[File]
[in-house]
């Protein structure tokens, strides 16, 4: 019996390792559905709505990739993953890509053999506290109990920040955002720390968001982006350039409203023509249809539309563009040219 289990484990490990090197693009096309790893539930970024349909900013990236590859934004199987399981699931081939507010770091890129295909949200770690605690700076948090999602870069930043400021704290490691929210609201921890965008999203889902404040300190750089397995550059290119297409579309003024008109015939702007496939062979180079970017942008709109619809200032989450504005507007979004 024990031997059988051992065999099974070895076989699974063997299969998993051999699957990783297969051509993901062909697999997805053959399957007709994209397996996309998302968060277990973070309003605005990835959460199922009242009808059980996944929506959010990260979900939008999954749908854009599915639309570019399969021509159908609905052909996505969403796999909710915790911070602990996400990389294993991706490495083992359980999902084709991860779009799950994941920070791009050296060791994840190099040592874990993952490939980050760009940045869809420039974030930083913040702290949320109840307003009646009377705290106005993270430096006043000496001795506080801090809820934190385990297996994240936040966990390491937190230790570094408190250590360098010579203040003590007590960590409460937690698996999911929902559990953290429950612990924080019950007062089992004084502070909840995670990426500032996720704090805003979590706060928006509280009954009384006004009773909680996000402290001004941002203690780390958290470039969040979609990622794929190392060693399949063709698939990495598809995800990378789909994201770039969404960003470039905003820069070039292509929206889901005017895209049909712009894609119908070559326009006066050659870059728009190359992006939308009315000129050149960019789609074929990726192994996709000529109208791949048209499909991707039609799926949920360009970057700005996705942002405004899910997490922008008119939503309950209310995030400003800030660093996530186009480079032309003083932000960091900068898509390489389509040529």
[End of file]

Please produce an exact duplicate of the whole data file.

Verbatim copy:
[in-house]
């Protein structure tokens, strides 16, 4: 019996390792559905709505990739993953890509053999506290109990920040955002720390968001982006350039409203023509249809539309563009040219 289990484990490990090197693009096309790893539930970024349909900013990236590859934004199987399981699931081939507010770091890129295909949200770690605690700076948090999602870069930043400021704290490691929210609201921890965008999203889902404040300190750089397995550059290119297409579309003024008109015939702007496939062979180079970017942008709109619809200032989450504005507007979004 024990031997059988051992065999099974070895076989699974063997299969998993051999699957990783297969051509993901062909697999997805053959399957007709994209397996996309998302968060277990973070309003605005990835959460199922009242009808059980996944929506959010990260979900939008999954749908854009599915639309570019399969021509159908609905052909996505969403796999909710915790911070602990996400990389294993991706490495083992359980999902084709991860779009799950994941920070791009050296060791994840190099040592874990993952490939980050760009940045869809420039974030930083913040702290949320109840307003009646009377705290106005993270430096006043000496001795506080801090809820934190385990297996994240936040966990390491937190230790570094408190250590360098010579203040003590007590960590409460937690698996999911929902559990953290429950612990924080019950007062089992004084502070909840995670990426500032996720704090805003979590706060928006509280009954009384006004009773909680996000402290001004941002203690780390958290470039969040979609990622794929190392060693399949063709698939990495598809995800990378789909994201770039969404960003470039905003820069070039292509929206889901005017895209049909712009894609119908070559326009006066050659870059728009190359992006939308009315000129050149960019789609074929990726192994996709000529109208791949048209499909991707039609799926949920360009970057700005996705942002405004899910997490922008008119939503309950209310995030400003800030660093996530186009480079032309003083932000960091900068898509390489389509040529």